How it all started

Dinosaurs, faxes and bulbs fueled my curiosity about technology.

, 15 May 2014

When I was three years old, my father would take me to the computer, which ran Windows 95. He would open Word and set a big dingbat font, that had animals instead of regular letters. I pressed the keys, and some dinosaurs, elephants and zebras appeared on the screen. I was amazed, every time!

I liked to play with all the stuff I could find—faxes, an old amplifier, PCs, TVs. My grandfather was an electrician, and I learned to connect RCDs to light bulbs and plugs. Those times when I accidentally felt the 230 Volts through my body didn’t stop me from trying again, no matter what my father said.

Some of the RCDs I used. They're gathering dust now...
Some of the RCDs I used. They're gathering dust now...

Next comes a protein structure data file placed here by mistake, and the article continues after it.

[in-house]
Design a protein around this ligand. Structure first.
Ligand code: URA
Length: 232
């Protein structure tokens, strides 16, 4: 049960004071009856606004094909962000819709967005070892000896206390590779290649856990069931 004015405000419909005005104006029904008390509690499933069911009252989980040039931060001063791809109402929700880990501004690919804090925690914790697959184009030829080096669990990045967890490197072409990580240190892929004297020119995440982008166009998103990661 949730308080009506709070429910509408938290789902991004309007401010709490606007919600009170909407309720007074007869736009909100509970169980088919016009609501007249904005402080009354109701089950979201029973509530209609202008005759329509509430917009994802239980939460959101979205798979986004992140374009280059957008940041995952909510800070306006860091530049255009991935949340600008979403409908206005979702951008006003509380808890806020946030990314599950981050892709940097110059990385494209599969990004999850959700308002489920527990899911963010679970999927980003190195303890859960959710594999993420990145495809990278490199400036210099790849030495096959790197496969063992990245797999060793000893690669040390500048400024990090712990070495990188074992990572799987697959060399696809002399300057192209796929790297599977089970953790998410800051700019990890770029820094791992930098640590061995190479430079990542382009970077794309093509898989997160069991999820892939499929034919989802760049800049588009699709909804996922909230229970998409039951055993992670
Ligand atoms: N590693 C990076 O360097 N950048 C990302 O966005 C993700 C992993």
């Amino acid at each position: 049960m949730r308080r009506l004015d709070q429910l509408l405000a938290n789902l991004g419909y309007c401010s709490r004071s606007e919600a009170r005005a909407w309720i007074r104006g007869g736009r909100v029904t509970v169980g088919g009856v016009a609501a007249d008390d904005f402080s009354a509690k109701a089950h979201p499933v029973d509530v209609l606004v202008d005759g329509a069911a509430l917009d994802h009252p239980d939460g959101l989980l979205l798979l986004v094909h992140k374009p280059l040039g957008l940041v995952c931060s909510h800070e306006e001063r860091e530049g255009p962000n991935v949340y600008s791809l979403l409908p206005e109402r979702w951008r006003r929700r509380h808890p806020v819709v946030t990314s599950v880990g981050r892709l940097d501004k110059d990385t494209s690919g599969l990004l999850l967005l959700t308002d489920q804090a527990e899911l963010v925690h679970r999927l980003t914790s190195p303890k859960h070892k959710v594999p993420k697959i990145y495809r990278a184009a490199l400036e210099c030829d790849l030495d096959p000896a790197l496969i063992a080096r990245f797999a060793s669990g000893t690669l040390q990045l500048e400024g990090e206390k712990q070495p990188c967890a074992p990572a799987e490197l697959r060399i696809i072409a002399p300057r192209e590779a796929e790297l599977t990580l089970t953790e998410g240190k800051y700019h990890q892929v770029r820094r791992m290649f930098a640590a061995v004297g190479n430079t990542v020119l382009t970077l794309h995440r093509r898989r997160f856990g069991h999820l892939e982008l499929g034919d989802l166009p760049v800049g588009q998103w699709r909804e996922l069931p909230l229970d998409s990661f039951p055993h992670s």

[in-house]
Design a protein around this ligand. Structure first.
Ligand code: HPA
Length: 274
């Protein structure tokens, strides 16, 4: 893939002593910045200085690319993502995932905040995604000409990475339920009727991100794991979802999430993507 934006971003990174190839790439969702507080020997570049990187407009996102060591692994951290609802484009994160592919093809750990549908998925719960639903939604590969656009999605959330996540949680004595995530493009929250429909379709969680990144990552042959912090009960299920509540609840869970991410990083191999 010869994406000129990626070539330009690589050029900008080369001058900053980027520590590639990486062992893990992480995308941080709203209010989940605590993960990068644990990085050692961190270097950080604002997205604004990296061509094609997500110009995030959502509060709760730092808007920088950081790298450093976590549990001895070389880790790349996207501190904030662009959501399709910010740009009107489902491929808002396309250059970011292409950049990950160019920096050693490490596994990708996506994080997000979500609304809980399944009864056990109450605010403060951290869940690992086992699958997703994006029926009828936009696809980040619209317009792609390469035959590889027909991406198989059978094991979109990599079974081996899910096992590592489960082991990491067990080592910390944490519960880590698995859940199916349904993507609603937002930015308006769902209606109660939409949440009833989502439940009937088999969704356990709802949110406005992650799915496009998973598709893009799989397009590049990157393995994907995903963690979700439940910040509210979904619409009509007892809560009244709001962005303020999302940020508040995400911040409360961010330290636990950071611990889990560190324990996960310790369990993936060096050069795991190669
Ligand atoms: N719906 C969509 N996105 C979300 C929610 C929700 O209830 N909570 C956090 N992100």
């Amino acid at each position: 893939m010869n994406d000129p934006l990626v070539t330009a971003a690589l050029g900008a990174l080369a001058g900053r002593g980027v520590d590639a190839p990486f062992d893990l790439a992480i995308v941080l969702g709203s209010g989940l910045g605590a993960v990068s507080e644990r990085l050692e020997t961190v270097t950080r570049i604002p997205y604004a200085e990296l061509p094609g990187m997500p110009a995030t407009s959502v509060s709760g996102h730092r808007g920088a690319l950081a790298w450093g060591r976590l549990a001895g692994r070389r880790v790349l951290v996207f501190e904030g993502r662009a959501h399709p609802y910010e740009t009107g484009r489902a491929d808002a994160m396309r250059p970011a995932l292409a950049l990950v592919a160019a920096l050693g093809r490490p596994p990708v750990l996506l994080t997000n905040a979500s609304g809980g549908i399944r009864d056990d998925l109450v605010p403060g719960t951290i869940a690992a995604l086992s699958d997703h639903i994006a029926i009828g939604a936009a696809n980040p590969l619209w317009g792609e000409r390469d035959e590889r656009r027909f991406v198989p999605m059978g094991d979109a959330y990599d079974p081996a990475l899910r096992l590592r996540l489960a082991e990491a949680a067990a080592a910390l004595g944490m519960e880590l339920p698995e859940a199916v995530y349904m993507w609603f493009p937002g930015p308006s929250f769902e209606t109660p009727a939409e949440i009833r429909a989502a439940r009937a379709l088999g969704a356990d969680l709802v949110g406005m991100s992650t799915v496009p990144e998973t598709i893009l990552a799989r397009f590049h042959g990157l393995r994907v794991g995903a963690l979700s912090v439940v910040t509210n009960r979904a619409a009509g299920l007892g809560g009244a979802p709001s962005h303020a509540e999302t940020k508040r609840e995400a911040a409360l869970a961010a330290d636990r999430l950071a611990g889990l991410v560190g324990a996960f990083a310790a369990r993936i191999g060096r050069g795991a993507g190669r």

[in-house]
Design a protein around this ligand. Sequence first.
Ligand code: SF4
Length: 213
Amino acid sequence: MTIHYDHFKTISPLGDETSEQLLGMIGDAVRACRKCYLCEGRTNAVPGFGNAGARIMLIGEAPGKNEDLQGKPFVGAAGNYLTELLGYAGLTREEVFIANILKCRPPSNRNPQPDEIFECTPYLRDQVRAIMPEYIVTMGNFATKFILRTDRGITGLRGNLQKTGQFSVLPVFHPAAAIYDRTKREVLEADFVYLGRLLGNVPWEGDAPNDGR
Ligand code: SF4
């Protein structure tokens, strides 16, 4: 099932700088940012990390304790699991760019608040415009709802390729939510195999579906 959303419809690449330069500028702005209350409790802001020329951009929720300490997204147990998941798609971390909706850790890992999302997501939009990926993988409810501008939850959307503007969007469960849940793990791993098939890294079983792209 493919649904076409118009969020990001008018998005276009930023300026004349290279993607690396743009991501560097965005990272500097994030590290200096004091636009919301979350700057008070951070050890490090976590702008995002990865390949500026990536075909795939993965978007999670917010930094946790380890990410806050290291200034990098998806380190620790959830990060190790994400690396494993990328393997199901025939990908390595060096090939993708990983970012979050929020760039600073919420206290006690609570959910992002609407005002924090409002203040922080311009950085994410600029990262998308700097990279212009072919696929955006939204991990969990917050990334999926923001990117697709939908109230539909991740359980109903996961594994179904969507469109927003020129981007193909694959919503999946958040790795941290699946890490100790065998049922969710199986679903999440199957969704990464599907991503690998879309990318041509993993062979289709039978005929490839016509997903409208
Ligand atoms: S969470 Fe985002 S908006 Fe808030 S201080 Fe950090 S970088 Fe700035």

With eight years, my uncle asked “Do you want to learn Java?”. I had no idea what ‘java’ could mean. My uncles don’t usually make me presents; instead they sit with me and we have some great time together. So I agreed.

When I discovered that ‘java’ allowed me to take control of the computer, I couldn’t stop. It was fascinating. For the first time ever, I could tell the computer what to do. I’d no longer be a mere consumer, the computer would work for me.

What’s more, I learned the Internet had lots of great information and tutorials, and I quickly saw Java wasn’t the only option, so I started exploring other languages. But I had a dream: I wanted to find a way the computer could interact with all the electrical circuits I made… That’d have to wait.

My emotional life hasn’t been easy, but I feel really happy now. I want to learn about everything, and I can’t wait for university. I started teaching JavaScript to my brother (eight or nine years old) and he likes it a lot!

So in the end, I want to thank all my family (dog included) for all their help. And a bunch of other people, which I consider to be part of the family. You made me possible. Thank you so much.